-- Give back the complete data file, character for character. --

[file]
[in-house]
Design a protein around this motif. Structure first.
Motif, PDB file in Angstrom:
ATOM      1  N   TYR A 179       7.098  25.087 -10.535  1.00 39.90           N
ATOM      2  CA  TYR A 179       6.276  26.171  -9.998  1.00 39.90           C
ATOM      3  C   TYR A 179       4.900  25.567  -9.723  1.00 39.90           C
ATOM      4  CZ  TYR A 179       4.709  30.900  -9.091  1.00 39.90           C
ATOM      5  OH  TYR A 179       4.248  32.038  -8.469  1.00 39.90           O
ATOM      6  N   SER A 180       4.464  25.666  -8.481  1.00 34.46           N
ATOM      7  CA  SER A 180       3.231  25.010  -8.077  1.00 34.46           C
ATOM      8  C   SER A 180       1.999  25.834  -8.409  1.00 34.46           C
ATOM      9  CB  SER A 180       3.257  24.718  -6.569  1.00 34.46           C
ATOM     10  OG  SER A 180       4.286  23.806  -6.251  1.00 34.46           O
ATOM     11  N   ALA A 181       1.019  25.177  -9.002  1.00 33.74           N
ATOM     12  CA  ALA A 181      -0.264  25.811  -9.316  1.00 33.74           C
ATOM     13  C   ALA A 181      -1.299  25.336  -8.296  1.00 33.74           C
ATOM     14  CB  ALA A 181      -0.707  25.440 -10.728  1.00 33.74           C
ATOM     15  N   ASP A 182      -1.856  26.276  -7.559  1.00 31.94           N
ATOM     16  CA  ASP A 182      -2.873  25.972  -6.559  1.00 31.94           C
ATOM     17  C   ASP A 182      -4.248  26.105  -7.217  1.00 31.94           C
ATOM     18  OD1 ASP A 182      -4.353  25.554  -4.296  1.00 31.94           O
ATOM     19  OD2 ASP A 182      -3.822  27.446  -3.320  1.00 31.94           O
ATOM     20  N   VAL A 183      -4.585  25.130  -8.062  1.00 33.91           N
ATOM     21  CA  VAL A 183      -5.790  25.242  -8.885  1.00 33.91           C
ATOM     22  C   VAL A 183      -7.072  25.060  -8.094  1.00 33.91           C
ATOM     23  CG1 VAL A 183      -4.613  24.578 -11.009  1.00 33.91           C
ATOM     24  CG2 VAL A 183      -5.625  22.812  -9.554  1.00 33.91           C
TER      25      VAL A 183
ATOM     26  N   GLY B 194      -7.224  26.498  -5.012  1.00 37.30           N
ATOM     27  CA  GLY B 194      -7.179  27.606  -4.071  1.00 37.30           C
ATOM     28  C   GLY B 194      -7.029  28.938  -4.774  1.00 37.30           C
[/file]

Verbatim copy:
[in-house]
Design a protein around this motif. Structure first.
Motif, PDB file in Angstrom:
ATOM      1  N   TYR A 179       7.098  25.087 -10.535  1.00 39.90           N
ATOM      2  CA  TYR A 179       6.276  26.171  -9.998  1.00 39.90           C
ATOM      3  C   TYR A 179       4.900  25.567  -9.723  1.00 39.90           C
ATOM      4  CZ  TYR A 179       4.709  30.900  -9.091  1.00 39.90           C
ATOM      5  OH  TYR A 179       4.248  32.038  -8.469  1.00 39.90           O
ATOM      6  N   SER A 180       4.464  25.666  -8.481  1.00 34.46           N
ATOM      7  CA  SER A 180       3.231  25.010  -8.077  1.00 34.46           C
ATOM      8  C   SER A 180       1.999  25.834  -8.409  1.00 34.46           C
ATOM      9  CB  SER A 180       3.257  24.718  -6.569  1.00 34.46           C
ATOM     10  OG  SER A 180       4.286  23.806  -6.251  1.00 34.46           O
ATOM     11  N   ALA A 181       1.019  25.177  -9.002  1.00 33.74           N
ATOM     12  CA  ALA A 181      -0.264  25.811  -9.316  1.00 33.74           C
ATOM     13  C   ALA A 181      -1.299  25.336  -8.296  1.00 33.74           C
ATOM     14  CB  ALA A 181      -0.707  25.440 -10.728  1.00 33.74           C
ATOM     15  N   ASP A 182      -1.856  26.276  -7.559  1.00 31.94           N
ATOM     16  CA  ASP A 182      -2.873  25.972  -6.559  1.00 31.94           C
ATOM     17  C   ASP A 182      -4.248  26.105  -7.217  1.00 31.94           C
ATOM     18  OD1 ASP A 182      -4.353  25.554  -4.296  1.00 31.94           O
ATOM     19  OD2 ASP A 182      -3.822  27.446  -3.320  1.00 31.94           O
ATOM     20  N   VAL A 183      -4.585  25.130  -8.062  1.00 33.91           N
ATOM     21  CA  VAL A 183      -5.790  25.242  -8.885  1.00 33.91           C
ATOM     22  C   VAL A 183      -7.072  25.060  -8.094  1.00 33.91           C
ATOM     23  CG1 VAL A 183      -4.613  24.578 -11.009  1.00 33.91           C
ATOM     24  CG2 VAL A 183      -5.625  22.812  -9.554  1.00 33.91           C
TER      25      VAL A 183
ATOM     26  N   GLY B 194      -7.224  26.498  -5.012  1.00 37.30           N
ATOM     27  CA  GLY B 194      -7.179  27.606  -4.071  1.00 37.30           C
ATOM     28  C   GLY B 194      -7.029  28.938  -4.774  1.00 37.30           C